In the therapy world, we might refer to my nephew’s actions as “fully expressing your feelings” or going through one or more of the natural stages of grief. Practically speaking, a healthy, grown-up tantrum can look like many things: hitting a punching bag, mattress, or pillow, talking about your feelings with someone who’s comfortable with emotions, crying, wailing, screaming, shaking, writing, drawing, or scribbling. Anything your body wants to do to express your emotions, as long as nobody (including yourself) and nothing of value gets hurt.

A friend of mine will occasionally email me a long string of curse words when life throws her a doozy. No spaces. Just one long string of words. She takes several of her favorite curse words and merges them into one very long word to emphasize her feelings. Depending on the difficulty of the situation and her level of emotions, several or more exclamation points might follow it up. This seems to do the trick for her.

If it’s not practical or possible to have a tantrum out loud, we can also have one in our imaginations. A client recently told me about a night when she’d been struggling with insomnia. She tried her usual list of calming tools—meditation, counting breaths, repeating a mantra—but nothing seemed to help. She knew she was filled with feelings and felt like she was about to burst.

Then, she remembered a time when she’d had a responsible tantrum during one of our sessions and how it really released the internal pressure valve. In my office, she’d hit a chair with a tennis racquet and screamed into a pillow, but here she was in the middle of the night next to a sleeping husband, next door to a sleeping child. So, she decided to imagine her tantrum. She pictured herself screaming at the top of her lungs and throwing around mattresses. Lots of mattresses. She said it really helped and she was eventually able to get back to sleep.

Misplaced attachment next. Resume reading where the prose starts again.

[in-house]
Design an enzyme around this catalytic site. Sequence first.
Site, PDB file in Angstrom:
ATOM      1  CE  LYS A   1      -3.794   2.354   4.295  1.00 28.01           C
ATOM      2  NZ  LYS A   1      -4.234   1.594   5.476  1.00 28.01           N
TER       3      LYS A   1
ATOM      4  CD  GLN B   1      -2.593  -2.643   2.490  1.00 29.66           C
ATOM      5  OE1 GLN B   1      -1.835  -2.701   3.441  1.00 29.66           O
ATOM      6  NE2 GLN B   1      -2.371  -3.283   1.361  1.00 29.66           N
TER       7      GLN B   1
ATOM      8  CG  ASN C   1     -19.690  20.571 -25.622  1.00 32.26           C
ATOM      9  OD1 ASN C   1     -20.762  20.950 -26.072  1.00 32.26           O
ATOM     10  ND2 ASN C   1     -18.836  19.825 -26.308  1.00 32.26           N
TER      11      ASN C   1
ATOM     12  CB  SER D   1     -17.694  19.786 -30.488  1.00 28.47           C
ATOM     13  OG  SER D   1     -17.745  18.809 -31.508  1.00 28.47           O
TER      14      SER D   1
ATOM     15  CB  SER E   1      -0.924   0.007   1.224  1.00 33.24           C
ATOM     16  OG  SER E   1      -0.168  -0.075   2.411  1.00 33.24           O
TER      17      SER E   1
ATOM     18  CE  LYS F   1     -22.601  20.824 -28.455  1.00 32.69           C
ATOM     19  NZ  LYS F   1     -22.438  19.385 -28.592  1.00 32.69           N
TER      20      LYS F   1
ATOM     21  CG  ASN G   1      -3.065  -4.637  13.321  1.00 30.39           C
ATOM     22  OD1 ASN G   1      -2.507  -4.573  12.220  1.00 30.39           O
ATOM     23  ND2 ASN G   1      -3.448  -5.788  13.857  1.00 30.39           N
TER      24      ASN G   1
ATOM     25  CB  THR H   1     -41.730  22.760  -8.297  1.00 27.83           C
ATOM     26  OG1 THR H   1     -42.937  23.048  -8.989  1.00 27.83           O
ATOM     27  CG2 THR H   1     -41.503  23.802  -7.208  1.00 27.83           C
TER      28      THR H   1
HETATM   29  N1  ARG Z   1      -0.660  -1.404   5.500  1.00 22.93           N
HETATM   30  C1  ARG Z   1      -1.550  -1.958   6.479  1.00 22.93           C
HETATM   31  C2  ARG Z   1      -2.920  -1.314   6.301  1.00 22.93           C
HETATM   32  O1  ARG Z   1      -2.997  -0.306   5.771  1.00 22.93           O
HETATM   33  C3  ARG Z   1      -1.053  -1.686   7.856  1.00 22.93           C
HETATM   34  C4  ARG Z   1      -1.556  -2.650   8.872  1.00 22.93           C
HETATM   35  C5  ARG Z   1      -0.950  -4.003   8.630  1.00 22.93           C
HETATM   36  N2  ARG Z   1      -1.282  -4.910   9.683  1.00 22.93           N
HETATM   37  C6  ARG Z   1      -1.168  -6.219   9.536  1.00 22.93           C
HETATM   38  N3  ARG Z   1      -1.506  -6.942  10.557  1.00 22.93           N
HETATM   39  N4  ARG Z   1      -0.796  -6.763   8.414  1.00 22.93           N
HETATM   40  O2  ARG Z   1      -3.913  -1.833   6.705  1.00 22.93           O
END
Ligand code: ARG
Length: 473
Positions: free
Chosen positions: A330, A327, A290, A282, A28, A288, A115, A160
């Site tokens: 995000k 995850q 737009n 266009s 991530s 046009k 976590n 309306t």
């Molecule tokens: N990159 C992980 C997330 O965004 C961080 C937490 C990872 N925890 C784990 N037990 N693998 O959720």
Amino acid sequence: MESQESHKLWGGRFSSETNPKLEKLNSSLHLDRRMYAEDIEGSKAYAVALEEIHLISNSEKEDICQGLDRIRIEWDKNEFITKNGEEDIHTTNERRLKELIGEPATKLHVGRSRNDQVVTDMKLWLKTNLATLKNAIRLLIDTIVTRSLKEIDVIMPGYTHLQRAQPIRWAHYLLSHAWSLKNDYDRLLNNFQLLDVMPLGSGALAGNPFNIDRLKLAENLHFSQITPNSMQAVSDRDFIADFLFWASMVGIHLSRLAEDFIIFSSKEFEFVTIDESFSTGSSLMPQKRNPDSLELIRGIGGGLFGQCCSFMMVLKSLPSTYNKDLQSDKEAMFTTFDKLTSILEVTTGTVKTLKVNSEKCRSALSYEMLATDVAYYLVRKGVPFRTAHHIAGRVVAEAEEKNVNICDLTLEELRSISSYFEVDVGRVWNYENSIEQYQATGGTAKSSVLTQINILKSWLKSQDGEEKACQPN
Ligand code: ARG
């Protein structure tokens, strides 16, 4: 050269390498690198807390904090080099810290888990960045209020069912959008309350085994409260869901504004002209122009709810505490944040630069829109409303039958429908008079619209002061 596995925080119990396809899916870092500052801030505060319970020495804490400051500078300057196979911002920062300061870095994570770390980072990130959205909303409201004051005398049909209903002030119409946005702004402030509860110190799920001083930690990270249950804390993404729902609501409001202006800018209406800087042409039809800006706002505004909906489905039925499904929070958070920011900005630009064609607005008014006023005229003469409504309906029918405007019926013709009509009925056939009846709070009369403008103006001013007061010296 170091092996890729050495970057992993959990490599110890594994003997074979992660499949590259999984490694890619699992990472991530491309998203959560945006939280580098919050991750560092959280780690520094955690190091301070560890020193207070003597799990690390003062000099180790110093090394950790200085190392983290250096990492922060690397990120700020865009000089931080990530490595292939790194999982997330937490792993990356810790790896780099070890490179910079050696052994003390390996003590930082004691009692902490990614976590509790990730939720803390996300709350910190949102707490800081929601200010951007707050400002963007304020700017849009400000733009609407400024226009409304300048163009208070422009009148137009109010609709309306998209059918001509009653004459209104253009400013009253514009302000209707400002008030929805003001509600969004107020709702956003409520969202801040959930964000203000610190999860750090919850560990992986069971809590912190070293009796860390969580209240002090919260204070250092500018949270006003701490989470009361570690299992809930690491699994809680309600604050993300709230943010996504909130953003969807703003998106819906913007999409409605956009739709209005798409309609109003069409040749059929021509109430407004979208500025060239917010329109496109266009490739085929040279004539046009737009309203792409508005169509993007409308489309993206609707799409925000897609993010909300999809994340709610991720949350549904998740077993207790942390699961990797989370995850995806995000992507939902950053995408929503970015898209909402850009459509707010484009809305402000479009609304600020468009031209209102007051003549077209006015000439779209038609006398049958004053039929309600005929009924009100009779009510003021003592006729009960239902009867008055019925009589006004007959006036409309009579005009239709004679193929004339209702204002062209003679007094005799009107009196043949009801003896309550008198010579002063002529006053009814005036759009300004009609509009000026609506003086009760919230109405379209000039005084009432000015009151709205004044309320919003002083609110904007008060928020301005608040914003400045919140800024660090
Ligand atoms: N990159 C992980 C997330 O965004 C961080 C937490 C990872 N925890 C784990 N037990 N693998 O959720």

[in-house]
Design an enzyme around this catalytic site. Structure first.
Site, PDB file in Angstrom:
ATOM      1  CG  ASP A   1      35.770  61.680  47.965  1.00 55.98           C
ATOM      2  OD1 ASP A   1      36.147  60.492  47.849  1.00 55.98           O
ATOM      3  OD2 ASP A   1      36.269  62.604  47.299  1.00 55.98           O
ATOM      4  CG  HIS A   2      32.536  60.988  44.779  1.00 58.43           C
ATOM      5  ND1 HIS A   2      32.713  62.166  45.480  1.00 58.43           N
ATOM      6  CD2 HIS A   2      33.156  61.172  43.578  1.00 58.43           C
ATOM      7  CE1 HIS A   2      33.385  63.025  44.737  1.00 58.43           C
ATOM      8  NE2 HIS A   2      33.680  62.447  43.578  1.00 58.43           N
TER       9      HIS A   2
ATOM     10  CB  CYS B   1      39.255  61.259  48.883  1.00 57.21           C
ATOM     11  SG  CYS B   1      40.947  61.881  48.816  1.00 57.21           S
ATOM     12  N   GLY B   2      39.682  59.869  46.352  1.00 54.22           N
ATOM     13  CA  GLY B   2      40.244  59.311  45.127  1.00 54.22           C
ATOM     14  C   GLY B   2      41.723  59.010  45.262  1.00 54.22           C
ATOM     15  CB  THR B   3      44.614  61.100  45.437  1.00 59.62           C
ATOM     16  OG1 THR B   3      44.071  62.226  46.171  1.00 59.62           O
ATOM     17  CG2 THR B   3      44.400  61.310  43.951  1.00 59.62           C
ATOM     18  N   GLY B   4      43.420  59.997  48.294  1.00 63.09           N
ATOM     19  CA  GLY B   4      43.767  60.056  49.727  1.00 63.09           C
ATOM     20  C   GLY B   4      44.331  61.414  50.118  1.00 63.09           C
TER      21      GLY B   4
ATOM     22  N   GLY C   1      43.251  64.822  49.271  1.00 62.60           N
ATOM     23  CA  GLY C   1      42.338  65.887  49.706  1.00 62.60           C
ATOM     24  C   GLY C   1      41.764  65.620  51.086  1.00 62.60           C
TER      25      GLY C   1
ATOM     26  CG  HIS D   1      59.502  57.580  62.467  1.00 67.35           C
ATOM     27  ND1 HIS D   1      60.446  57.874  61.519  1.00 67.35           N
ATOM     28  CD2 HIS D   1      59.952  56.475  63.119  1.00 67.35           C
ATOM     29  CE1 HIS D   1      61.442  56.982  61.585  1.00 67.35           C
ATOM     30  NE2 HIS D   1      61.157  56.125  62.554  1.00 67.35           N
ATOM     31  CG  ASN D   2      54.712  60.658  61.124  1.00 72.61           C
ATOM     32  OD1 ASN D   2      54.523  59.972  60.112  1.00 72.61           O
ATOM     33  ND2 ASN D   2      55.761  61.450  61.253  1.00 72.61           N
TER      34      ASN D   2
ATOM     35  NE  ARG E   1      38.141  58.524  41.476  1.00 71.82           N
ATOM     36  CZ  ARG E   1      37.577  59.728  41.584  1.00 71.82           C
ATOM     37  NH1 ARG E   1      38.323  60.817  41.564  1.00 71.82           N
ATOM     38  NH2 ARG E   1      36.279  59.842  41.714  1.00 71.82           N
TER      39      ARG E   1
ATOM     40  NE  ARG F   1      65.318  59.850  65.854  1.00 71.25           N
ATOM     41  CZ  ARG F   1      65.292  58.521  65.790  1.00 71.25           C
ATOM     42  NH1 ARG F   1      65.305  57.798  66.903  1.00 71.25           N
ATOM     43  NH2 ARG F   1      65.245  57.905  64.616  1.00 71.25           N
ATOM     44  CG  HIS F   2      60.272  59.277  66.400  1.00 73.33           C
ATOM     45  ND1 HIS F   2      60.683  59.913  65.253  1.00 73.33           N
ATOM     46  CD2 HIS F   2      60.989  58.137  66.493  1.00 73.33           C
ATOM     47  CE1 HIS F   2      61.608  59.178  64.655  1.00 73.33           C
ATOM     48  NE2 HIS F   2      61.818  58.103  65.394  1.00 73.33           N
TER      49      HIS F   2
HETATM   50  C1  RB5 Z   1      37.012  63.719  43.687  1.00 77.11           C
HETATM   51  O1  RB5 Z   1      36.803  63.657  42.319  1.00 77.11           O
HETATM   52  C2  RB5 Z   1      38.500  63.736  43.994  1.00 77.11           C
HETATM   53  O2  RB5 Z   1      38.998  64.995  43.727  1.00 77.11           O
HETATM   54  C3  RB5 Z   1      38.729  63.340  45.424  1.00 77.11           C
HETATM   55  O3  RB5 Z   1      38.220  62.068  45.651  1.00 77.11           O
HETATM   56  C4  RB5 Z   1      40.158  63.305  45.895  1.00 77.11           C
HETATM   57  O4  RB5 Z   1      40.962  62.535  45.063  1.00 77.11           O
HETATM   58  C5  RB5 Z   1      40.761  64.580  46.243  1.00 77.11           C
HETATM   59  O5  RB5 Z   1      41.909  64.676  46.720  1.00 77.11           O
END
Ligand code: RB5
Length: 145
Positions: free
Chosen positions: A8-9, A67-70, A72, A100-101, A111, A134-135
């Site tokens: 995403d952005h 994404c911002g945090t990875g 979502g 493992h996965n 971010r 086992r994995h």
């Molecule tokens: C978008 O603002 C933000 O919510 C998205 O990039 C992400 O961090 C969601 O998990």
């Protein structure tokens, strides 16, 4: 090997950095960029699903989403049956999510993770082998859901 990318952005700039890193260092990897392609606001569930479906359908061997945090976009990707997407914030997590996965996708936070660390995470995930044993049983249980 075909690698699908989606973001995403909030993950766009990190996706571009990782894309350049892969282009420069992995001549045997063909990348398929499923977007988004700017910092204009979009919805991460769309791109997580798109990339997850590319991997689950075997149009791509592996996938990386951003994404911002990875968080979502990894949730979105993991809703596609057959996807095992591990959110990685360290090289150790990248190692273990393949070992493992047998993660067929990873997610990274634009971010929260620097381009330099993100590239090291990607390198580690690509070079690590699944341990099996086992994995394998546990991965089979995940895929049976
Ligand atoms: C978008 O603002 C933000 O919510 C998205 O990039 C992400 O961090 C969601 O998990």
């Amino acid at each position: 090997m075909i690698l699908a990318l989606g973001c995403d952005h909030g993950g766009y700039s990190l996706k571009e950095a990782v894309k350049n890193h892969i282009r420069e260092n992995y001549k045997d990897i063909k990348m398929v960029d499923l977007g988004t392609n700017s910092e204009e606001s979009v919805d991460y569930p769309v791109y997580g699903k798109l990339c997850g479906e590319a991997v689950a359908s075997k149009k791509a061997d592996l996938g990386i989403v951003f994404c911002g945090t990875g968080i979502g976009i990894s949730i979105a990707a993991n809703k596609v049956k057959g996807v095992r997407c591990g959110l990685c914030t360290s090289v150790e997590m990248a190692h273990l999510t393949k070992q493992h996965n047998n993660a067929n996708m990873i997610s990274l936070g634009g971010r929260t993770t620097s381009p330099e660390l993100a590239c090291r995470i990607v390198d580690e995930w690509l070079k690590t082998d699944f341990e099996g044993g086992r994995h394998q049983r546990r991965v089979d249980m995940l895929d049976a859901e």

Whatever your choices of expression are, when you consciously, responsibly, unabashedly, compassionately, and safely allow yourself to have an adult tantrum, you’re more likely to move through your emotions and organically arrive at some form of relief and acceptance.

Of course, the more serious the life event, the longer the tantrum may need to last and reoccur. But, we all have the options of stuffing our feelings down, blasting them out in unhealthy ways, or fully expressing what we feel in a healthy manner and eventually coming to accept what life has brought to our door.

When we compassionately and safely allow ourselves to express our strong emotions, we can navigate the turbulent phases of life without hurting ourselves or anyone else. We naturally return to acceptance and presence rather than stay stuck in denial, depression, anxiety, addiction, or self-defeating behaviors.

So, the next time you feel filled to the brim with feelings, how about letting yourself have a healthy, safe, responsible tantrum? How about some extra support, extra tissues, and extra self-care, until your tear-stained self is ready to move on?

May we all, in the face of our adversities, follow in the footsteps of my young nephew: feel mad, feel sad, and then feel ready to go.

View on Psychology Today